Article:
The extent of the damage done during the months-long assault on some of the nation’s most sensitive government and private computer systems is still unknown. But it appears to be bigger, and more dangerous, than even the huge security breaches at the Office of Personnel Management, Equifax, and thousands more.

According to Microsoft President Brad Smith, it was more than just espionage. It was a stark reminder that the battlefields of the future are online:

It’s critical that we step back and assess the significance of these attacks in their full context. This is not “espionage as usual,” even in the digital age. Instead, it represents an act of recklessness that created a serious technological vulnerability for the United States and the world. In effect, this is not just an attack on specific targets, but on the trust and reliability of the world’s critical infrastructure in order to advance one nation’s intelligence agency. While the most recent attack appears to reflect a particular focus on the United States and many other democracies, it also provides a powerful reminder that people in virtually every country are at risk and need protection irrespective of the governments they live under.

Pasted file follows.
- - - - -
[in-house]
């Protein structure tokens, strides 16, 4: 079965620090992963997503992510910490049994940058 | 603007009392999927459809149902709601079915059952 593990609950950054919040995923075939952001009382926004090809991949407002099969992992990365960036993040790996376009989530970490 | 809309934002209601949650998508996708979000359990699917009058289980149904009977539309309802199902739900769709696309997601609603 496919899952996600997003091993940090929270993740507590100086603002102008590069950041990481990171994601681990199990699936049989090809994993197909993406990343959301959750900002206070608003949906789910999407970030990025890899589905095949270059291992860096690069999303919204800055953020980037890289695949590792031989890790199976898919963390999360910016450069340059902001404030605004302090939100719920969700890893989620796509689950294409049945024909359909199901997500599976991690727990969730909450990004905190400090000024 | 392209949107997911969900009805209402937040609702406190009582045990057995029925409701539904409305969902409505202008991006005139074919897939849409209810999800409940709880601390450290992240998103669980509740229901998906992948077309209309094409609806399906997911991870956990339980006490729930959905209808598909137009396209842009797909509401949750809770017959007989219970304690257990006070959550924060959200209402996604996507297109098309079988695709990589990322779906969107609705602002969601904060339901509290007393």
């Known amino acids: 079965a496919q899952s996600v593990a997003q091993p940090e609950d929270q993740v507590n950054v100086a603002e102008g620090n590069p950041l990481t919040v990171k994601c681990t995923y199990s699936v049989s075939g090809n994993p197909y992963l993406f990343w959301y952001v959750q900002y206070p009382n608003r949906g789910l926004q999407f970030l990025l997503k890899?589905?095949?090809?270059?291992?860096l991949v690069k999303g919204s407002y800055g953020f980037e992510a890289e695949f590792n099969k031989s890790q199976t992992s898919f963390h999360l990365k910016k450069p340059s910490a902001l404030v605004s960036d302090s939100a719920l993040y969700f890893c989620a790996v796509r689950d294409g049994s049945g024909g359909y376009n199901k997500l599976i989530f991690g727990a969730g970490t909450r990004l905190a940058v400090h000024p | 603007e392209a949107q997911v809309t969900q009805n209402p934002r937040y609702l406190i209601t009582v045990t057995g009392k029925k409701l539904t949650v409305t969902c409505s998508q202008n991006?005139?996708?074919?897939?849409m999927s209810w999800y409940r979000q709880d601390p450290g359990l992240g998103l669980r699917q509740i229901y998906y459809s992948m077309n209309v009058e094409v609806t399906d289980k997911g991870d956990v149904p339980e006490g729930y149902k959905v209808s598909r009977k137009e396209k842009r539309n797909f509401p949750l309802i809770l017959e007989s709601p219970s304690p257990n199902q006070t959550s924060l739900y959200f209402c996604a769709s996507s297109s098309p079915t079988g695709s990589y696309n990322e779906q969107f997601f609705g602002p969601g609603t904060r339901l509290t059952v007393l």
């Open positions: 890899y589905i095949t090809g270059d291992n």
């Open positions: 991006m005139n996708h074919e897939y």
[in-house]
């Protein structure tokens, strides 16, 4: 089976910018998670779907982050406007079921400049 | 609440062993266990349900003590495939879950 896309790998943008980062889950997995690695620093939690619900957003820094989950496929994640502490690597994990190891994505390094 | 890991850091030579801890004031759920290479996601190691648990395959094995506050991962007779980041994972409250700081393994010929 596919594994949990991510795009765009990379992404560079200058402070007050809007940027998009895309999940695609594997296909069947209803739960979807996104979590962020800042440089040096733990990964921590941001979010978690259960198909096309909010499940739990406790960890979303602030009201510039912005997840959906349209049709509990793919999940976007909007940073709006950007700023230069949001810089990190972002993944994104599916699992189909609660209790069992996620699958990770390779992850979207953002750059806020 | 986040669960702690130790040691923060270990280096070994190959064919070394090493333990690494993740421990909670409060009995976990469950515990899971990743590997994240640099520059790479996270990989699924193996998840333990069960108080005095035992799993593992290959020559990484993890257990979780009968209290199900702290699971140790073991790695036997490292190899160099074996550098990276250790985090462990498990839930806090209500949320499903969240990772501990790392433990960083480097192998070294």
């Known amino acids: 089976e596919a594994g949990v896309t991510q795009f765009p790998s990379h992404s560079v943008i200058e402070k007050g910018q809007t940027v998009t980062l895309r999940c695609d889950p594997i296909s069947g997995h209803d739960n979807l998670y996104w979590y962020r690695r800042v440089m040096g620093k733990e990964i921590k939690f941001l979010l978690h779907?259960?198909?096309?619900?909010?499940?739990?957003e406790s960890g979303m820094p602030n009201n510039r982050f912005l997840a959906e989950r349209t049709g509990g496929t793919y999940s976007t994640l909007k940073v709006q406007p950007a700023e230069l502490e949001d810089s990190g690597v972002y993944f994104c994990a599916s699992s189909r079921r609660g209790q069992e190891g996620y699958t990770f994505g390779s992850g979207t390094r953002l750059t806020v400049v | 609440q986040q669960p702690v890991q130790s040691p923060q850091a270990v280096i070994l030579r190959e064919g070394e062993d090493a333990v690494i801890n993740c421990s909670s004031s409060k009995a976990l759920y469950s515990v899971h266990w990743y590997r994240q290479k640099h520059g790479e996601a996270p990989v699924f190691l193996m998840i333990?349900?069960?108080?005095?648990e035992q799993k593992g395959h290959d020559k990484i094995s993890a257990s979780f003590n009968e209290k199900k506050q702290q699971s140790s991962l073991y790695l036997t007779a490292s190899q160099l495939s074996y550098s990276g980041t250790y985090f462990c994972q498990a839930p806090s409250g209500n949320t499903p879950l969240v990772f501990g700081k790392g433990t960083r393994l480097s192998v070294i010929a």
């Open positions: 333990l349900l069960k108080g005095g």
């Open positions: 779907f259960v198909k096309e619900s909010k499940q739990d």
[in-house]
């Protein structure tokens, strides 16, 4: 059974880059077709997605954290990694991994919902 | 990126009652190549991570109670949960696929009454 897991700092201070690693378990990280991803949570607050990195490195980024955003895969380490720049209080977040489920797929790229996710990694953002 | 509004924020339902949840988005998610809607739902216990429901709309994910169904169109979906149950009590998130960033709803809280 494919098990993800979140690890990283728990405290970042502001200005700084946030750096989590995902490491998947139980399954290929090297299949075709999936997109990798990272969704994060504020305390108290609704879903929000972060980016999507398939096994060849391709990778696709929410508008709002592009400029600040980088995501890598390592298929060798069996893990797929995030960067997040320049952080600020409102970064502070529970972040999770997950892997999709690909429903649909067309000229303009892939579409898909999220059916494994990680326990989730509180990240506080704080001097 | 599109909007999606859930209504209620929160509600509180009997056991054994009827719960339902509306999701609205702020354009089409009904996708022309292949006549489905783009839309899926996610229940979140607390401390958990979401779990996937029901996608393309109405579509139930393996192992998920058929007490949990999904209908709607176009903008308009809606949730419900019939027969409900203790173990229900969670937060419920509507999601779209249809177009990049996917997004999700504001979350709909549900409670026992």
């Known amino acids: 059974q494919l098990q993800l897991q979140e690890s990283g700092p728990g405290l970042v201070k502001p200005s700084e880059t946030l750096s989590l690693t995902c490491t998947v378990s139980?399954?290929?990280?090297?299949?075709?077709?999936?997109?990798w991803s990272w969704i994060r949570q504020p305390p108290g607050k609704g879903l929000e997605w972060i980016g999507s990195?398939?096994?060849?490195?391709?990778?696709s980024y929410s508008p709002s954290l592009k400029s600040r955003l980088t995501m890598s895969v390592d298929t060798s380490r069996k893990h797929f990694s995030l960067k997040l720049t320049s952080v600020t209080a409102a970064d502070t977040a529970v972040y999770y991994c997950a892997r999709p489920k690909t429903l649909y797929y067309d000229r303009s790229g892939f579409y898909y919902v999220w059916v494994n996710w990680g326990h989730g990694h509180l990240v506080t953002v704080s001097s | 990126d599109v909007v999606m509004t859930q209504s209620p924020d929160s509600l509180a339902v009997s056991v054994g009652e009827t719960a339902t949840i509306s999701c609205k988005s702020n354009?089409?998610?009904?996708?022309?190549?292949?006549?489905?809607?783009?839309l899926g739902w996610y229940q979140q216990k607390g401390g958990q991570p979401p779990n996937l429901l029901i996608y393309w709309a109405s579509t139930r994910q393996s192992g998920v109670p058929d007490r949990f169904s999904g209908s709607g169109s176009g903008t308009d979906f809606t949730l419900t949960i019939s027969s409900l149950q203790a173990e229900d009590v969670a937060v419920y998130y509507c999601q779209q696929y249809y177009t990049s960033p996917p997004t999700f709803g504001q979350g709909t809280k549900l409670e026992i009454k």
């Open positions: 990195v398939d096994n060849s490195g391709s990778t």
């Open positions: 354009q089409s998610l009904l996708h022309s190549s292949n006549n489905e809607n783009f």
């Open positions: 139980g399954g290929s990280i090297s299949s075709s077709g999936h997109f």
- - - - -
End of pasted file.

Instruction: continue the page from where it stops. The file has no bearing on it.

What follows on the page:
Even so, the roots of the most recent attack point to Russia, which has sponsored or directly authored previous hacks. How do we combat them? Smith calls for a stronger partnership between “governments and technology companies, primarily to “share information, strengthen defenses and respond to attacks.”

The government may not be the most reliable partner in such an effort. The Government Accountability Office has been sounding the alarm for years about known and serious gaps in federal cybersecurity.

The most recent attack exposed just how big those gaps are – and how they contributed to the recent attack’s apparent success.

Image Credit: Marco Krohn [CC BY-SA 4.0 (]